Another thing I do is that I jump right into something without an actual plan, so I had this really cute piece without an idea. I figured I'd frame it (and when A-train saw it and said "That's really nice! Are you going to make it into a picture?" I took that as confirmation that was what I indeed must do).

I think you can tell that I thought this is a great little starter kit. If you're not sure if embroidery is for you, but would like to find out, I think something like this would be a good place to begin. You get everything you need to get a good idea of if you'll have the patience for it, or even the physical ability to do it (it's not easy on the eyes, and hand stitching for a long time is not great for the hands or the back/neck--but I don't do things in moderation so if you're a normal person who understands the importance of breaks and stretching you'll be just fine). The instructions were clear, and the little book is pretty comprehensive.

As 'luck' would have it I have an old book of embroidery stitches upstairs. It belonged to my great aunt (I think--maybe one of her daughters) but found it's way to me. I've kept it for nostalgic purposes, but now I can't wait to look at it and see what else I can fashion from needle and floss.

I was not financially compensated for this post. I received the kit at no charge in exchange for an honest review. The opinions are completely my own based on my own experience. For my complete disclosure policy, click here.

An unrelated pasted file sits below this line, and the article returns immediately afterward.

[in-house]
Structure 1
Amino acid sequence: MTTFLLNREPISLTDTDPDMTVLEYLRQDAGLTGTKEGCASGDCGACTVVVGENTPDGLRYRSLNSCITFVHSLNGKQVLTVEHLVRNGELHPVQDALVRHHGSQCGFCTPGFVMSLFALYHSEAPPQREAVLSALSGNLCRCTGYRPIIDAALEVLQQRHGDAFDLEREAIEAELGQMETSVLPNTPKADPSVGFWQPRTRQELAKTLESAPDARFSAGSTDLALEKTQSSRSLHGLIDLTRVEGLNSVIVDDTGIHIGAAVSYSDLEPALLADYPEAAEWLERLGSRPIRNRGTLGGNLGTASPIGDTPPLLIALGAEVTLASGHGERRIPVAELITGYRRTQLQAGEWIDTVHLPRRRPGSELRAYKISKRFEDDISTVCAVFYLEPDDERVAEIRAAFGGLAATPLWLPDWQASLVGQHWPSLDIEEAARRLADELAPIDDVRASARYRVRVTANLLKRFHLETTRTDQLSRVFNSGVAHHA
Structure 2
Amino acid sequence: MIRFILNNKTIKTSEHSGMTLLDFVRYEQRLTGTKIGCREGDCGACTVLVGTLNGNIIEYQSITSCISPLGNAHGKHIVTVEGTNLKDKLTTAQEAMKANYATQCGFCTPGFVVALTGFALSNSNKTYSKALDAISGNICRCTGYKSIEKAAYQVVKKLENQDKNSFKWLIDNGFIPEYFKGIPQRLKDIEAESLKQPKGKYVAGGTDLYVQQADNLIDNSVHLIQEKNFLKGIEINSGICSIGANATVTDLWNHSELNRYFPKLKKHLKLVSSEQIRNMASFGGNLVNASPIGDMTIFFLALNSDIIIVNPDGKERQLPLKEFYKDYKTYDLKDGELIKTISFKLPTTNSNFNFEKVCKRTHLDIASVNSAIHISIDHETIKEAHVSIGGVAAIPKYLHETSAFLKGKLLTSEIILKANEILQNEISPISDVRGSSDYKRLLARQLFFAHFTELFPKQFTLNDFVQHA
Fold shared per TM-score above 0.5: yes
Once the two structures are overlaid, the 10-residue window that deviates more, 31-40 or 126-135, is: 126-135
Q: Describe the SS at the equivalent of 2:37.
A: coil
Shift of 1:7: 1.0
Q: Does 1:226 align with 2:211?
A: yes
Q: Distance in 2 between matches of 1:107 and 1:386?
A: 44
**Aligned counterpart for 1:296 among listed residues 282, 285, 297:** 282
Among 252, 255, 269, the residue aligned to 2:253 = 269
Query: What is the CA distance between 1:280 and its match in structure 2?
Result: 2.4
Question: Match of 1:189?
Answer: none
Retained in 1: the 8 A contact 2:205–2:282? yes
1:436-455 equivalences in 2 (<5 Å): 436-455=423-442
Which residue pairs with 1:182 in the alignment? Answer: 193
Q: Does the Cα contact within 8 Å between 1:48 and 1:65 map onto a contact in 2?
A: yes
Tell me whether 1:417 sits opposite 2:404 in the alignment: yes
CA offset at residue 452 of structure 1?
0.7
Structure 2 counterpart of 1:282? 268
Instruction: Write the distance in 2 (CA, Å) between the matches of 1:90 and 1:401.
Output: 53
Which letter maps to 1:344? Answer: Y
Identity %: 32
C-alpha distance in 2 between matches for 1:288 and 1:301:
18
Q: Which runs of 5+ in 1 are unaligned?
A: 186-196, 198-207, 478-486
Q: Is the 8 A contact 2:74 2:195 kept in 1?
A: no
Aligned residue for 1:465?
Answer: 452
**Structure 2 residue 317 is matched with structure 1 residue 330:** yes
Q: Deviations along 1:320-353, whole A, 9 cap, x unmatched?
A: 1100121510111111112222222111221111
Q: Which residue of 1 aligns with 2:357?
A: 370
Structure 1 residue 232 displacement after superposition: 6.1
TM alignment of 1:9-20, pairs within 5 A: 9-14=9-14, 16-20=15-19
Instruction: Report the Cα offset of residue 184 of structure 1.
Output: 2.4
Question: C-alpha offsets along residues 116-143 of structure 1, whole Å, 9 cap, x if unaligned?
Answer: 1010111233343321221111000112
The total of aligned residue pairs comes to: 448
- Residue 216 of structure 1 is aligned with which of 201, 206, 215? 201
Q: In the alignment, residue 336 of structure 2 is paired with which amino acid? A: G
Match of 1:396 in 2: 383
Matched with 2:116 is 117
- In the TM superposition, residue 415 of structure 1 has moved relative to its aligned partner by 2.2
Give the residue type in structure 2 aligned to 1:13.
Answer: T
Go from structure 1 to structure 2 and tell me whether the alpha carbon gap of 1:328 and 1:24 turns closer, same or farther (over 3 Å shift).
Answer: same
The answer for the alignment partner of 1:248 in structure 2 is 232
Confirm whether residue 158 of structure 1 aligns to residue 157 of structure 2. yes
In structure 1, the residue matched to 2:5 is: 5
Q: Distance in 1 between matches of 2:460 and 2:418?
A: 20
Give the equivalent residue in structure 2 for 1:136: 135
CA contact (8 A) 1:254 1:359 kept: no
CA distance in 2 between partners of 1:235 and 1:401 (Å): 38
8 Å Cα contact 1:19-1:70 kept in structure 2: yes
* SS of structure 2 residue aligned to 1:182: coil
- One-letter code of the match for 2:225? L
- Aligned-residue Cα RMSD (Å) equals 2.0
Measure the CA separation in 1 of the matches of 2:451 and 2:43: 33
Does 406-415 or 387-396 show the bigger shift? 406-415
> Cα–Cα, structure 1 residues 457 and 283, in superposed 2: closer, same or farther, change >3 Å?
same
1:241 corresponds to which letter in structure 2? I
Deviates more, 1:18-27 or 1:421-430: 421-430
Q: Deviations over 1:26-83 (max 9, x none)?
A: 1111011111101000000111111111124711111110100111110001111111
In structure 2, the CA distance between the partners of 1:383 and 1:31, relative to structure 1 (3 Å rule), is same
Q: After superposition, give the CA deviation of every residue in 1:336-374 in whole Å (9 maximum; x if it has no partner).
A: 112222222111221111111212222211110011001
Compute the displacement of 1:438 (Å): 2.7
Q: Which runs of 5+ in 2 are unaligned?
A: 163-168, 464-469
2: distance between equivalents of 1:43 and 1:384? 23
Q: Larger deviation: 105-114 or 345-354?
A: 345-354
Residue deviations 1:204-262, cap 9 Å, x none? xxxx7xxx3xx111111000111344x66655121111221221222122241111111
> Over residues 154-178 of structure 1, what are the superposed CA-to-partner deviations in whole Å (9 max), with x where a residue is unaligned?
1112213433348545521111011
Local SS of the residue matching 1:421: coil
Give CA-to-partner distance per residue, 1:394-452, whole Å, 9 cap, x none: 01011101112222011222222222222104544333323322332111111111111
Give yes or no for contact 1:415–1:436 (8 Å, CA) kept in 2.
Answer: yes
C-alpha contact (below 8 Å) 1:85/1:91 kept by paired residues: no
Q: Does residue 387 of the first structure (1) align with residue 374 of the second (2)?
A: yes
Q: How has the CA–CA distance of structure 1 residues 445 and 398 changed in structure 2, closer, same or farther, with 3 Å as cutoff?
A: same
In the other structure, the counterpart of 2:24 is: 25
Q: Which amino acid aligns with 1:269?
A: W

Sunday, September 3, 2017

Utotia in cork (and some advice if you want it...)

You folks know I've had an almost decade long love affair with u-handbag, right? It's where I've learned so many tips and tricks and has been a place for sourcing a lot of fun hardware and frames. Much to my immense chagrin, they are closing up shop at the end of October. I went on a bit of a pattern splurge when I heard the news (and possibly a bit of an all-the-other-things splurge, as well). One of the things I bought was an everything-but-the-fabric kit for their Utotia bag. (UPDATE: THEY HAVE JUST ANNOUNCED THEY ARE NOT CLOSING UP SHOP, BUT DUE TO CUSTOMER BEGGING WILL CONTINUE TO RUN AS NORMAL BUT UNDER A NEW MANAGER--YIPPEEEEEE!!!!!).

(Brief tangent): A while ago I made this wallet. My first idea was to make it out of that cork fabric you're seeing everywhere now, but had too difficult of a time matching up a binding and so on. So I held onto the cork fabric (with no idea what I was going to do with it as it wasn't very big of a cut). I bought the aforementioned kit (back to the main story now), but couldn't find fabric I loved. Then, in the shower (literally--does anyone else get great ideas in there?) I thought "Dummy! Use the cork for the tote!" Two problems solved at once. The cork was just a teeeeeeny bit too small for the pattern recommendations, but it's such a simple design I made the adjustments in my sleep.

This bag has a fair bit of things I've never used/done before, and you lucky folks get to read all about them (I can practically see you all chair dancing in excitement).

First off, my new bag (the smaller of the two sizes):

I wish you could feel the cork. It feels so supple and luxurious. I'm hoping I don't find out, but I'm pretty sure it could be wiped clean. A-train thought I drew those flowers on the fabric and was impressed (I came clean--I told him Aunt Leesh probably could, but not Aunt Bee).

The corners were pre-cut pleather pieces. I think I've sewn with pleather once, but never cork, so I had a touch of nervousness doing it. Though not inexpensive, it still is only fabric, so I just took my time and went for it.